The Española School Board's longest serving member has made the unpopular suggestion that the school district should consolidate two of its elementary schools. This revelation comes just as the Board is preparing to put before voters the second multi-million dollar school bond in the last year.

     Board member Joe Romero said Nov. 20 that he believes it is time to consider consolidating Alcalde Elementary and Velarde Elementary schools.

    The schools have a combined enrollment of 315 students and are located within 10 miles of each other on State Road 68. The state Public School Facilities Authority has pushed for the schools to be consolidated.

    "The more I think about it, it makes sense there should be only one school," Romero said. "Why Velarde is so far against it is beyond me."

    Velarde Elementary parents have long opposed the joining of these schools and until Romero's statement, the Board and District administration had unanimously resisted the state's push to consolidate the schools.

    These same parents could be a deciding factor in whether the next bond measure passes.

    The Board plans to present a $19 million bond to voters in March, less than a year after a $21 million bond was rejected. The last bond was defeated May 22 by a margin of only 34 votes.

    During the run up to the May bond vote, the Board had made a number of promises, two of which were to build a new Alcalde Elementary School and to construct additional classrooms at neighboring Velarde Elementary.    

    The Alcalde project has stalled for years. The District had promised to build a new Alcalde school in 2002 when voters successfully passed a $15 million bond. But the construction project languished in the intervening years as the District has attempted to secure a new site for the facility, and five years later some of the only money spent on the new school has been about $100,000 to pay for architectural plans that will never be used.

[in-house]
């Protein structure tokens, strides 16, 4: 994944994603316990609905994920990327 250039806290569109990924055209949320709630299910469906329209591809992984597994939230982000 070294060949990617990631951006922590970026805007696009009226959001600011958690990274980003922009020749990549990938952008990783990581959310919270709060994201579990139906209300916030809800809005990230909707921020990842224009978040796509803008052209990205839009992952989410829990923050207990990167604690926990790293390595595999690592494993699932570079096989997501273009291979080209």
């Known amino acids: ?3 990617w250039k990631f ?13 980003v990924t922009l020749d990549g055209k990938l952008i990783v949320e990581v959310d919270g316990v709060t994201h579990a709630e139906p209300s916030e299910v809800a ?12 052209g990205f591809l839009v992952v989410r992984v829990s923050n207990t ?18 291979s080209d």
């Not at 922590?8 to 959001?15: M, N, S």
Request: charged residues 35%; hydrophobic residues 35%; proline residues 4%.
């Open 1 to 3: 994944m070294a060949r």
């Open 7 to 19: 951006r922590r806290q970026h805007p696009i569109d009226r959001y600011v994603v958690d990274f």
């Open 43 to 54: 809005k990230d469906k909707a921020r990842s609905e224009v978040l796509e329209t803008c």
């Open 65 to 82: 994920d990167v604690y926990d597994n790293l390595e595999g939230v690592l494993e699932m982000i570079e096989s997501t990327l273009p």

The District has still not secured land for the new facility more than a year after Congress transferred 171 acres of federal land to Rio Arriba County for that specific purpose.

    The state awarded the District $4,130,340 in 2005 for the new school with the condition that the facility could handle 400 students, more than double Alcalde's enrollment. The larger building would "address Velarde (Elementary's) needs" the award stated.

    The recalcitrant Velarde community has fervently opposed consolidation, a view point the Board and Superintendent David Cockerham have unanimously supported. If the District chooses not to adhere to the award description as outlined by the state, it will have to apply for a new award with the understanding that Velarde will not be consolidated.

    Meanwhile the District has watched the cost of the Alcalde project more than double to what is now estimated to be a $14 to $16 million project.

    Romero, of Sombrillo, was careful to identify himself as an outsider among the Board. He is the only member not to have joined the five-member governing body this year. He was appointed in 2006 after former member Connie Valdez died.

    Board President Andrew Chavez, whose district includes Alcalde and Velarde Elementary schools, was quick to defend the continued separation of the two schools when Romero brought up the topic at the Board's Nov. 20 meeting at Española middle school.

    "That's the way it's been forever," Chavez said and ended the discussion.